Cambodian government spokesman Phay Siphan said he has no doubt that the Sino-Cambodian ties will be closer and stronger in the future thanks to the greater cooperation under China’s Belt & Road Initiative (BRI), the recently-signed Cambodia-China Free Trade Agreement and the Regional Comprehensive Economic Partnership free trade pact.

“I’m proud to say that despite the impact of the COVID-19, many bilateral cooperation projects under the BRI such as the first Phnom Penh-Sihanoukville Expressway, the new national stadium, the 700-megawatt power plant in Sihanoukville, among others, have progressed steadily,” he said.

“These projects bring us tremendous benefits, helping us boost the economy and reduce poverty during and after the COVID-19 era,” he said.

Siphan said the BRI is becoming the new engine of global economic growth, and that since its inception in 2013, it has importantly contributed to boosting regional and global cooperation in terms of hard and soft infrastructures, economy, trades, investment opportunities, cultural exchange, and people-to-people connectivity.

“At the time of this economic downturn, the BRI remains as a driving force to continue expanding cooperation among countries in the region and the world for the cause of peace, security, prosperity and sustainable development,” he said.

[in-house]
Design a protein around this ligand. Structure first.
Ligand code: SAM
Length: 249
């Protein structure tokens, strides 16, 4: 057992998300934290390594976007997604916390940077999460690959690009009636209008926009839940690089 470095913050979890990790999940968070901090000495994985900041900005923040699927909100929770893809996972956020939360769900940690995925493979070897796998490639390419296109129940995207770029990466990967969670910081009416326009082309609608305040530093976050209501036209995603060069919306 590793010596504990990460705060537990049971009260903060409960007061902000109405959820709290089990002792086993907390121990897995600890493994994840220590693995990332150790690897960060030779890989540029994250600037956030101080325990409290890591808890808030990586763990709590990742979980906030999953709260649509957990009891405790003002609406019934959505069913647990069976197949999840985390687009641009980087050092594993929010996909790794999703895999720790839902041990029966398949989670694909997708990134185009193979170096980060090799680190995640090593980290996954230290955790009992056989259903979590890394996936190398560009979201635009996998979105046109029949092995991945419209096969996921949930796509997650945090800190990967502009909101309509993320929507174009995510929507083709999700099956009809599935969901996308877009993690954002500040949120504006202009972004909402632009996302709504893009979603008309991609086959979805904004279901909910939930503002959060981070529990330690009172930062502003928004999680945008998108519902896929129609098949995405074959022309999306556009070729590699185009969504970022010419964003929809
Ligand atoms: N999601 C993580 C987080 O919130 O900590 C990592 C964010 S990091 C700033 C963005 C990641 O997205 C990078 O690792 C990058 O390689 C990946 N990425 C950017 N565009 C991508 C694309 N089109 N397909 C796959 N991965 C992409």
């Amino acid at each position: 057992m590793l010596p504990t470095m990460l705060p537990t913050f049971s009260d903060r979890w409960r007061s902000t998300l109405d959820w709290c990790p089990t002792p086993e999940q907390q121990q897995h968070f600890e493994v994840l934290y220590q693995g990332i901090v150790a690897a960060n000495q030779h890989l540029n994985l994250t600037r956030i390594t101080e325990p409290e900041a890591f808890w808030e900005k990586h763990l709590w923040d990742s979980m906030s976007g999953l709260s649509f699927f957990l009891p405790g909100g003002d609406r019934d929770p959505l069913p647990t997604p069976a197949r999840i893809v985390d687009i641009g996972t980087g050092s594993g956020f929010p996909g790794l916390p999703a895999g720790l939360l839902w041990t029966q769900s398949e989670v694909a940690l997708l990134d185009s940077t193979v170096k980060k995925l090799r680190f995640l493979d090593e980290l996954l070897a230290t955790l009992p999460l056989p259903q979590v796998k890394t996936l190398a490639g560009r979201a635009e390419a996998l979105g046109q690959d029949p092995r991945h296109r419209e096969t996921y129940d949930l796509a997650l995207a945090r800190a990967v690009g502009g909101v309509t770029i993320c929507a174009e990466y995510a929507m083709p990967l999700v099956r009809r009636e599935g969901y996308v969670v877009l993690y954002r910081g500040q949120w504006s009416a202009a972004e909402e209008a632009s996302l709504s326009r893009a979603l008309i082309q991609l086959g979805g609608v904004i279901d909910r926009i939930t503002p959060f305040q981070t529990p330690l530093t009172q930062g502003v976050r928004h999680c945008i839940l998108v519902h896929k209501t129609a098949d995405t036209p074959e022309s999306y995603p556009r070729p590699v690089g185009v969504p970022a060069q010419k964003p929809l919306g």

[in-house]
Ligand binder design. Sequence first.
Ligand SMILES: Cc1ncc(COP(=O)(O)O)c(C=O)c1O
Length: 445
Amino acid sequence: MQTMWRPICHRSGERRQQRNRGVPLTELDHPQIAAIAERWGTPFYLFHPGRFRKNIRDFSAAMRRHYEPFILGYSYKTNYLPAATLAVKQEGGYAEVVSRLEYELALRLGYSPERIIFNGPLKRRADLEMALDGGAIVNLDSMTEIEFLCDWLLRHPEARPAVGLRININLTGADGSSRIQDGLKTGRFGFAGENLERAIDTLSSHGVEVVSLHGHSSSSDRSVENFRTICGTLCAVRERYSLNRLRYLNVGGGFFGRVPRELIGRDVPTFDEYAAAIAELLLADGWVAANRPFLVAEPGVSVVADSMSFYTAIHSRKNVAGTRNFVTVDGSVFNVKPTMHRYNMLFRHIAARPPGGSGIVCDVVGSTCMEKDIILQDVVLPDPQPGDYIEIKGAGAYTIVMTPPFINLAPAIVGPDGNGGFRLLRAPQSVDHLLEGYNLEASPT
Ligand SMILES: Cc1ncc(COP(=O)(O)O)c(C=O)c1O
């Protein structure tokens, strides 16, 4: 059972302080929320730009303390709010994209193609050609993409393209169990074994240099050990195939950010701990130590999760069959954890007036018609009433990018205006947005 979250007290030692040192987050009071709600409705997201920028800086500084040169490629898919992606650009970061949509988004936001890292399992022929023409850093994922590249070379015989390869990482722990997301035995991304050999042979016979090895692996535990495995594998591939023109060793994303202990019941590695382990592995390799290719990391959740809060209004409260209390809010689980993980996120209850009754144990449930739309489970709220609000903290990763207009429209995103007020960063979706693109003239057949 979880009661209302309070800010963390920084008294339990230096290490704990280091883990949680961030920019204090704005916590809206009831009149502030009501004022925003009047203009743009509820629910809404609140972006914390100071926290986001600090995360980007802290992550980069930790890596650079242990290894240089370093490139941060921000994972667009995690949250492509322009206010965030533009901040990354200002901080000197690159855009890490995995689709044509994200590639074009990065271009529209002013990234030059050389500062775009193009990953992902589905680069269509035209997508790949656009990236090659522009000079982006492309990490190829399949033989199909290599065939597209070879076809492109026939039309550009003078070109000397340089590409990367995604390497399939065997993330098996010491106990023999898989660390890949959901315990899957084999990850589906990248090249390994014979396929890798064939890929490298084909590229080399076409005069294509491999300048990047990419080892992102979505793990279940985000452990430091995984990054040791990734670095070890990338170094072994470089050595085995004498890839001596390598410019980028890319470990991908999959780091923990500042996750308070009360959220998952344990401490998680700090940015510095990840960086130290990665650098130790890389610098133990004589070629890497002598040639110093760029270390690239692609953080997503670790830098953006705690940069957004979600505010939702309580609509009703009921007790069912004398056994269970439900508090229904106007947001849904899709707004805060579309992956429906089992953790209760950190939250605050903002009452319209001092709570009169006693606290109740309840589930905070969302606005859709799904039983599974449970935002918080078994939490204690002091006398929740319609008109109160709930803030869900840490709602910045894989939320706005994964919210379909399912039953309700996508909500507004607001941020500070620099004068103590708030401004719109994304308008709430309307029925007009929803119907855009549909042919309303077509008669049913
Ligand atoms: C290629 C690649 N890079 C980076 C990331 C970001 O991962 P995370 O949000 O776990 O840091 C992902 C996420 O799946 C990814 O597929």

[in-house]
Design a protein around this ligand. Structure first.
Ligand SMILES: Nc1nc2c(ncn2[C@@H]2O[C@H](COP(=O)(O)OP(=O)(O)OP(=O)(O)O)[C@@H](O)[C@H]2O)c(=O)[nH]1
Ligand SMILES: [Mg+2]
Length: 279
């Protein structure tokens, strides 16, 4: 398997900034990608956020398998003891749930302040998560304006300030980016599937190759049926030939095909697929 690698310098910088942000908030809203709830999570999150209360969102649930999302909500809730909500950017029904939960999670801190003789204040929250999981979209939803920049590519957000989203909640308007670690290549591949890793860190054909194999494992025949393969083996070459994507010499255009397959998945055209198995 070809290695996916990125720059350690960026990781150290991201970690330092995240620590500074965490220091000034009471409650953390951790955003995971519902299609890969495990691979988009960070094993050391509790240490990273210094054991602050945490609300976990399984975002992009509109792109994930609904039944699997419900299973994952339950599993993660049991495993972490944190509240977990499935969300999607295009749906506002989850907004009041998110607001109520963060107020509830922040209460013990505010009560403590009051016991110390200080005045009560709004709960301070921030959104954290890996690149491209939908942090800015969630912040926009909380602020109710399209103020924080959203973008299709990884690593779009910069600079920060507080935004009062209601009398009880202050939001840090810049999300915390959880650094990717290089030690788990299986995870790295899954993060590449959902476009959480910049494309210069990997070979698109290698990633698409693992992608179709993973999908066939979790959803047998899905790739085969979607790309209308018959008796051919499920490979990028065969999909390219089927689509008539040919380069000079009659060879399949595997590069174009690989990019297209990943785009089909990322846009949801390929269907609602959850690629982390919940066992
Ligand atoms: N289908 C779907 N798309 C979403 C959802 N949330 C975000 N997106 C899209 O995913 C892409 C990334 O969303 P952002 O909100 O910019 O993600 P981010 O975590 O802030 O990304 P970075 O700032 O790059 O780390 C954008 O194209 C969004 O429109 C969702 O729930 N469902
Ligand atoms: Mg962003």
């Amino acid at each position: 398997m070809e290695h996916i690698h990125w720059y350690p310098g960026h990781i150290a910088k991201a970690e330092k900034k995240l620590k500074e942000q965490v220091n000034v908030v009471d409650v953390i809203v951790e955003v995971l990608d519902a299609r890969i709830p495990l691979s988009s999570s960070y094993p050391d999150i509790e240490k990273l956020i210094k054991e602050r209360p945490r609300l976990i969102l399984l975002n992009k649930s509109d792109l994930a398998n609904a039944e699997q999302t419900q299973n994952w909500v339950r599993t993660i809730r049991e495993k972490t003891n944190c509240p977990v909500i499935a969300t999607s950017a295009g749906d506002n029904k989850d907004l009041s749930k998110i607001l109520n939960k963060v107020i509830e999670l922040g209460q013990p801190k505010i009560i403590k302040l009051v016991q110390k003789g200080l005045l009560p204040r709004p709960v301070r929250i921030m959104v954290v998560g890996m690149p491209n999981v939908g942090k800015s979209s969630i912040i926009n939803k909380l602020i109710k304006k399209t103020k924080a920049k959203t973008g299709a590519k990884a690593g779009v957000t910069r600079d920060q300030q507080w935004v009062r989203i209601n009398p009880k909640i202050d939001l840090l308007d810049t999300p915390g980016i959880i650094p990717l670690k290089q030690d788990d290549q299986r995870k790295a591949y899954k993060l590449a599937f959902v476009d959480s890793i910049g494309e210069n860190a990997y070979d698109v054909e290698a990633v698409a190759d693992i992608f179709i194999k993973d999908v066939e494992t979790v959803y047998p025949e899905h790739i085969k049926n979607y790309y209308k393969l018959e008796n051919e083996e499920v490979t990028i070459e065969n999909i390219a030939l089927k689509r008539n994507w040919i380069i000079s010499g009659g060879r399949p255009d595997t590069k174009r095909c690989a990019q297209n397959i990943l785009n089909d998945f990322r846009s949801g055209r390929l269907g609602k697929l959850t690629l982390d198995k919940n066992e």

Cambodia highly commends China on the joint fight against COVID-19, Siphan said, and the Southeast Asian nation greatly values China’s assistance. He said that the cooperation between the two countries should be a role model for international cooperation.

“For Cambodia, China is our key COVID-19 vaccine provider.”

He added that the kingdom began an inoculation drive on Feb. 10 and to date, more than 3.5 million out of the 10 million targeted adult population have been vaccinated.

“As Prime Minister Hun Sen has said, we’re going to inoculate 10 million targeted adult population by the end of this year or early next year, so thank you very much China for donating and selling vaccines to us. Without you, we would not have enough vaccines to vaccinate our people,” Siphan said.

He said the Cambodia-China joint COVID-19 fight will undoubtedly contribute to building a community of shared future between the two countries.

Siphan also urged not to politicise the COVID-19 pandemic but do their best to safeguard their own people’s lives, as some countries are playing the blame game over it.

“The COVID-19 is a global health crisis, so we don’t need to point the finger at each other, but it’s time for all of us to stand together to fight against the pandemic,” he said. “Some countries have wasted time to blame this or that country. This is an irresponsible act for their own citizens.”